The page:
New York Music Daily

No New Abnormal

Tag: ryan snow trombone

Sister Sparrow Tears It Up in Chelsea

The history of funk music in New York is littered with bands that never made it further than the Bleecker Street strip – or maybe never wanted to. Then there are plenty of good, individualistic, funky acts, from Sugamyth, to D’Tripp, the Family Stand and the Pleasure Unit, who all earned a certain following but never broke through to an audience much further beyond their NYC home base. With the demise of the major labels and corporate music radio, could a band even consider reaching a broader fan base these days? Sister Sparrow and the Dirty Birds are as good a candidate as any to do it. What sets them apart from the legions of imitators out there is that they’re what could be called a tight jamband. You might think that’s an oxymoron, but their private performance for media and a posse of friends last night at a Chelsea studio reinforced that perception and left the crowd screaming for more.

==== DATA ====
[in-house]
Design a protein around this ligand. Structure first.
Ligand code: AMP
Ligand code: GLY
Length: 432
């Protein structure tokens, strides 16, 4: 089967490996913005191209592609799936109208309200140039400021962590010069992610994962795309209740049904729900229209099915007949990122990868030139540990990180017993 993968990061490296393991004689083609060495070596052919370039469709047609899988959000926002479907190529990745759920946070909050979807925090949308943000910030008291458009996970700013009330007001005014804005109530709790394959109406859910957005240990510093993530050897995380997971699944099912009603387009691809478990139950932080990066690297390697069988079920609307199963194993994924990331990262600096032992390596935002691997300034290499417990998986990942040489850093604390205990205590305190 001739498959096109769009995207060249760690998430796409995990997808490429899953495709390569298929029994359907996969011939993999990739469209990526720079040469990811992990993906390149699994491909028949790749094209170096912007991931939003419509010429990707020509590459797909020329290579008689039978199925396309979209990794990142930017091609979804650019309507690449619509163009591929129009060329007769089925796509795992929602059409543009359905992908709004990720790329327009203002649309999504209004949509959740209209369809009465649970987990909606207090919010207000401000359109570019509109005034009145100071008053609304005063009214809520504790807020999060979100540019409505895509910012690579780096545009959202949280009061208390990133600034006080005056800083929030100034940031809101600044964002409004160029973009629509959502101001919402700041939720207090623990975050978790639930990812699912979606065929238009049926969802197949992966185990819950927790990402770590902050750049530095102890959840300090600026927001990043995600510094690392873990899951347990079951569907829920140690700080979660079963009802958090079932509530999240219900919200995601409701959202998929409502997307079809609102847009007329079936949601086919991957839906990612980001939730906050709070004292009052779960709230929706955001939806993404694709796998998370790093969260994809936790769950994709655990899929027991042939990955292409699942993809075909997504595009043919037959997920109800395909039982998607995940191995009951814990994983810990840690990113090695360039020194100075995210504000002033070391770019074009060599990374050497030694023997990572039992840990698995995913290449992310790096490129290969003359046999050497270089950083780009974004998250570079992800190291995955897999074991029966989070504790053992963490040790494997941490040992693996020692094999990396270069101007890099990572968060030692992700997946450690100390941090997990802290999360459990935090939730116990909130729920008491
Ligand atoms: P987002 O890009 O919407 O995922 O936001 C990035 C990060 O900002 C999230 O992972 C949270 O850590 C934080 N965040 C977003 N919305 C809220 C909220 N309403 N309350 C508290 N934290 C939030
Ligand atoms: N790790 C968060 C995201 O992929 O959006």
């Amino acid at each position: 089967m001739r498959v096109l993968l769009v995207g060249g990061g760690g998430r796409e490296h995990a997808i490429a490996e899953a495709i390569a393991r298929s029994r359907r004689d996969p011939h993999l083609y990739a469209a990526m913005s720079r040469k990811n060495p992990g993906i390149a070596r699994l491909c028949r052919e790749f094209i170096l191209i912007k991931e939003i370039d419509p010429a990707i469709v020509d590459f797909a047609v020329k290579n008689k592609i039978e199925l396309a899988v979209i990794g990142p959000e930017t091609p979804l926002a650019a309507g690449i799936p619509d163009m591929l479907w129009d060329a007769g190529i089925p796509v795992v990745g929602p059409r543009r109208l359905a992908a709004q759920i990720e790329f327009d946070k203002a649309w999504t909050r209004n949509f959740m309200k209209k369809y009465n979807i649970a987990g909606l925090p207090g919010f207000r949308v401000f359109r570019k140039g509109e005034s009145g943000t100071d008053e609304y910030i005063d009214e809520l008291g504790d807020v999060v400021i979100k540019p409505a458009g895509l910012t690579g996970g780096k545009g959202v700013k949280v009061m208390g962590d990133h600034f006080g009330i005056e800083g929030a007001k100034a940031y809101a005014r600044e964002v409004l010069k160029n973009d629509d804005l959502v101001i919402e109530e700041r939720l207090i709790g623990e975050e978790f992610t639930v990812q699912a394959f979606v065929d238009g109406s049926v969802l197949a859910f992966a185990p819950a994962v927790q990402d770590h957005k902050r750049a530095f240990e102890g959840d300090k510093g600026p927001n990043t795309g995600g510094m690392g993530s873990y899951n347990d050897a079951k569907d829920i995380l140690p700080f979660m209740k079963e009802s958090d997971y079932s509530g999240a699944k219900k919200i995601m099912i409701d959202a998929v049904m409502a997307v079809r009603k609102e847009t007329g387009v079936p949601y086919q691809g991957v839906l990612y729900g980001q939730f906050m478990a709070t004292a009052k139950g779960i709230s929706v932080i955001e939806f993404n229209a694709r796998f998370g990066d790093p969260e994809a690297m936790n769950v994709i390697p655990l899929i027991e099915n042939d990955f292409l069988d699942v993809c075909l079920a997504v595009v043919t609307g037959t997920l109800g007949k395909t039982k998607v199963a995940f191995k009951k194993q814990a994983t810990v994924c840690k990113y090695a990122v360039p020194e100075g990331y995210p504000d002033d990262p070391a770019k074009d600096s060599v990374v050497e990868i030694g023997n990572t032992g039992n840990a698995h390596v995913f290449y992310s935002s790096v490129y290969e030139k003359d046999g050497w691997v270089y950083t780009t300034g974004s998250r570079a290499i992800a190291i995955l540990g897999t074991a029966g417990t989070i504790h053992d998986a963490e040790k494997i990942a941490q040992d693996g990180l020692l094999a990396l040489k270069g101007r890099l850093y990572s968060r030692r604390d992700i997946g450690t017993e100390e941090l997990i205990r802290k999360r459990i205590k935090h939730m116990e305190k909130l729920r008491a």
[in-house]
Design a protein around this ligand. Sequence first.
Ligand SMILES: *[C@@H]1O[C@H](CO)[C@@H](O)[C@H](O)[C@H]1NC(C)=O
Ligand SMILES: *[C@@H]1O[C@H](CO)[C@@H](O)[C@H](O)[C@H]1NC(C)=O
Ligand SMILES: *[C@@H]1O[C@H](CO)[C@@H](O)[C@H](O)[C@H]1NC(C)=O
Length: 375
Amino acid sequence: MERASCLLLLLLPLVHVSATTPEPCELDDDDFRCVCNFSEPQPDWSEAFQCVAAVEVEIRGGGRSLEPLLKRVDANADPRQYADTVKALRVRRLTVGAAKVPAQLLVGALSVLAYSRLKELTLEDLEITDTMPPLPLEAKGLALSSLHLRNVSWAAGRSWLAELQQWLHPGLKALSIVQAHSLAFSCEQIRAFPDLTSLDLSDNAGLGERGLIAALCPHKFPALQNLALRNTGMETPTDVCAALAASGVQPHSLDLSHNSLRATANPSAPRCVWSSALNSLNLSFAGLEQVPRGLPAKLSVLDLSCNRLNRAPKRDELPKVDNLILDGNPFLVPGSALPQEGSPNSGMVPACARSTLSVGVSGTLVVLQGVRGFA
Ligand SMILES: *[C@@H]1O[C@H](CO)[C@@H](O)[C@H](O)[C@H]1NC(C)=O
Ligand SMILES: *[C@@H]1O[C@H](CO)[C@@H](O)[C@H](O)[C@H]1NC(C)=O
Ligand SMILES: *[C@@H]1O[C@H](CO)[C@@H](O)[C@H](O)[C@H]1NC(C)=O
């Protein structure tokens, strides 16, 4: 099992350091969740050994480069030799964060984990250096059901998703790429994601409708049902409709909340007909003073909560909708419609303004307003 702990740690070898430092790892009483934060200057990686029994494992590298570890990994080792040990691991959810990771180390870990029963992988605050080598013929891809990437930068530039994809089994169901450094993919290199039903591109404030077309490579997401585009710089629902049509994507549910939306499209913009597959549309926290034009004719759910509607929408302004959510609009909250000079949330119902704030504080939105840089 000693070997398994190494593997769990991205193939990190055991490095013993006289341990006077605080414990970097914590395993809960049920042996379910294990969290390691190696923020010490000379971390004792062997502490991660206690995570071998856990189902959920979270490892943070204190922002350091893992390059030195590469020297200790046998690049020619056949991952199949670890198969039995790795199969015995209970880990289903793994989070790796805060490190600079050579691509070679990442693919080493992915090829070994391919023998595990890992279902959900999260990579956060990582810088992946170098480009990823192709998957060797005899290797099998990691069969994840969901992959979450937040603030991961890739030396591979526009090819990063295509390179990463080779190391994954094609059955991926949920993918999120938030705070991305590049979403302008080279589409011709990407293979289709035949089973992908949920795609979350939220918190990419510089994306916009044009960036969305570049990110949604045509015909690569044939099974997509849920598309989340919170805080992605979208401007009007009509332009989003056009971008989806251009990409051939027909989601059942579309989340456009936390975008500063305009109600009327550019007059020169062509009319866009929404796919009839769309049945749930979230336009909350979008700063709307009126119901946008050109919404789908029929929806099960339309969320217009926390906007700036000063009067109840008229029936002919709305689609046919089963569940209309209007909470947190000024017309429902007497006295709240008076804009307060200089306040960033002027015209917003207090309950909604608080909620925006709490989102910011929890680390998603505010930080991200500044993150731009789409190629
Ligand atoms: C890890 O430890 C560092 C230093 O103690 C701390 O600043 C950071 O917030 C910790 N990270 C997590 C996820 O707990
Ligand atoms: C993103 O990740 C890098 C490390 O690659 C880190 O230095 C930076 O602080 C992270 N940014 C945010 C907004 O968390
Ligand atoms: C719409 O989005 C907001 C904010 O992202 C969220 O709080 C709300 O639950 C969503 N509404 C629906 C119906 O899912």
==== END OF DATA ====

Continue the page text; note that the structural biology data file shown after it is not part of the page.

Their frontwoman Arleigh Kincheloe is as hyper, individualistic and down-to-earth offstage as she is on. By the night’s third number, she’d blown out her voice – she didn’t need to do that, she could have gone easy on herself, but she’s one of those rare singers who seems to feel the need to go deep inside the songs and inhabit them. Her lyrics aren’t just “celebrate good times, c’mon” – she likes to tell a story, whether about betrayal, or passion, or something sarcastic or funny. Her hurricane-force contralto is a mighty instrument, but this time out she didn’t always go full throttle, and showed off an impressive top end for someone who usually hangs out in the moody lows. This is a family band, with that kind of tightness and rapport, her brother Jackson adding an eerily noisy, wailing edge on harmonica, and brother Bram propelling the unit on drums. Sasha Brown’s guitar joined with the harmonica to raise the edgy intensity with a similarly noisy approach, adding molten-metal, keening sheets of sustain and carpetbombing, incisive accents instead of the Clapton cliches that so often ruin this kind of music. The three-piece horn section of trumpeter Phil Rodriguez, trombonist Ryan Snow and baritone saxophonist Brian Graham punched, and bobbed, and weaved, and soared mightily when the songs hit a high point.